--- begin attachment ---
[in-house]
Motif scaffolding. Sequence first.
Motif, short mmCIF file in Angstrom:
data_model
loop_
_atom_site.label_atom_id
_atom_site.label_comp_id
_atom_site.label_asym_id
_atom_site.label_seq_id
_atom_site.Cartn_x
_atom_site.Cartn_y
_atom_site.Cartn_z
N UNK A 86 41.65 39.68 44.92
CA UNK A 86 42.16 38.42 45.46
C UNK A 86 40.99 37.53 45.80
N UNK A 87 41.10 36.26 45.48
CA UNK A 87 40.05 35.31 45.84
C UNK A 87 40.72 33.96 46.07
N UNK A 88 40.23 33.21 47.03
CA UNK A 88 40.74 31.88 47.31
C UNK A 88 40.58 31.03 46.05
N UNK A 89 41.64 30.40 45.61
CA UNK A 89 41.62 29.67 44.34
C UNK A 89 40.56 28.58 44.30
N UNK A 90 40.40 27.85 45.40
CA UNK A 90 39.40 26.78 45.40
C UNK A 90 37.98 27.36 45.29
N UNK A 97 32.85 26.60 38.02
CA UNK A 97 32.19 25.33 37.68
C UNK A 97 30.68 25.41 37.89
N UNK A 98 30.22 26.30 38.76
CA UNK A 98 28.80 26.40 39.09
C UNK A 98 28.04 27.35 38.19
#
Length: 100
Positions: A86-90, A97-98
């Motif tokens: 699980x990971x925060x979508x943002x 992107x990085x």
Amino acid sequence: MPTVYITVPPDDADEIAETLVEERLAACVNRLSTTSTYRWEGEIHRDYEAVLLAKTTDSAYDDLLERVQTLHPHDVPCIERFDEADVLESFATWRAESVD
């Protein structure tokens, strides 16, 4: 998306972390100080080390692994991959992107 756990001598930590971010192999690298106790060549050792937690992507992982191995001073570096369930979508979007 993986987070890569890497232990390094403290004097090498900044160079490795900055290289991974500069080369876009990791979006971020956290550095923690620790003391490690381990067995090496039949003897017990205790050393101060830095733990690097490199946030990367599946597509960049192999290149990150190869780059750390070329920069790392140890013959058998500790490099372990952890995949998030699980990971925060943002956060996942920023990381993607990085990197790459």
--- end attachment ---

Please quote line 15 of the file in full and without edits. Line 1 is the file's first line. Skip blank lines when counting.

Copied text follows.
C UNK A 86 40.99 37.53 45.80